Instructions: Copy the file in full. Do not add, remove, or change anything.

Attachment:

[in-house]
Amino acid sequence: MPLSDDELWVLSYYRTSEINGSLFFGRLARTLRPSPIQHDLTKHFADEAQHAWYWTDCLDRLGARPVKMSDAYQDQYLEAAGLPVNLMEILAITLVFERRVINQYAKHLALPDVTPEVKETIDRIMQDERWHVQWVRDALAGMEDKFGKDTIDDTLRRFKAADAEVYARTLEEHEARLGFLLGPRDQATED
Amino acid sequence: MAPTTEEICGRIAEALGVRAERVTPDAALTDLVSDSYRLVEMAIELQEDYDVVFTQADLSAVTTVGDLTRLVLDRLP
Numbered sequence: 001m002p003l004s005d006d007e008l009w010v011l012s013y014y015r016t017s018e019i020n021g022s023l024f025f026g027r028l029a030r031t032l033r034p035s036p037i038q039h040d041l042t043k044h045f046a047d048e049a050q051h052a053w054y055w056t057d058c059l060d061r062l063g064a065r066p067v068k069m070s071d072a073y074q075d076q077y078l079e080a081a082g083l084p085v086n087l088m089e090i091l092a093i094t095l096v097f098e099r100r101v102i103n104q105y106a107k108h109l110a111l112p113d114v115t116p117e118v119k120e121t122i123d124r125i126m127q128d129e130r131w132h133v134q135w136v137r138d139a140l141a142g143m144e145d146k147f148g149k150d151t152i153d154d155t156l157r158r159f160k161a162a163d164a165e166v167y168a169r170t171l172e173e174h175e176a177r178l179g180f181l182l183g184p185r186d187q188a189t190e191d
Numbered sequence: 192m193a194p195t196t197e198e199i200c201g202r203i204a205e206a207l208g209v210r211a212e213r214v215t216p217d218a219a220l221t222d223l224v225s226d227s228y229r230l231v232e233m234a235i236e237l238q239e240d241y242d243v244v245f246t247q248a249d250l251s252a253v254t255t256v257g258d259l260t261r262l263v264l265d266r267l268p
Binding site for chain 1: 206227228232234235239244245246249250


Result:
[in-house]
Amino acid sequence: MPLSDDELWVLSYYRTSEINGSLFFGRLARTLRPSPIQHDLTKHFADEAQHAWYWTDCLDRLGARPVKMSDAYQDQYLEAAGLPVNLMEILAITLVFERRVINQYAKHLALPDVTPEVKETIDRIMQDERWHVQWVRDALAGMEDKFGKDTIDDTLRRFKAADAEVYARTLEEHEARLGFLLGPRDQATED
Amino acid sequence: MAPTTEEICGRIAEALGVRAERVTPDAALTDLVSDSYRLVEMAIELQEDYDVVFTQADLSAVTTVGDLTRLVLDRLP
Numbered sequence: 001m002p003l004s005d006d007e008l009w010v011l012s013y014y015r016t017s018e019i020n021g022s023l024f025f026g027r028l029a030r031t032l033r034p035s036p037i038q039h040d041l042t043k044h045f046a047d048e049a050q051h052a053w054y055w056t057d058c059l060d061r062l063g064a065r066p067v068k069m070s071d072a073y074q075d076q077y078l079e080a081a082g083l084p085v086n087l088m089e090i091l092a093i094t095l096v097f098e099r100r101v102i103n104q105y106a107k108h109l110a111l112p113d114v115t116p117e118v119k120e121t122i123d124r125i126m127q128d129e130r131w132h133v134q135w136v137r138d139a140l141a142g143m144e145d146k147f148g149k150d151t152i153d154d155t156l157r158r159f160k161a162a163d164a165e166v167y168a169r170t171l172e173e174h175e176a177r178l179g180f181l182l183g184p185r186d187q188a189t190e191d
Numbered sequence: 192m193a194p195t196t197e198e199i200c201g202r203i204a205e206a207l208g209v210r211a212e213r214v215t216p217d218a219a220l221t222d223l224v225s226d227s228y229r230l231v232e233m234a235i236e237l238q239e240d241y242d243v244v245f246t247q248a249d250l251s252a253v254t255t256v257g258d259l260t261r262l263v264l265d266r267l268p
Binding site for chain 1: 206227228232234235239244245246249250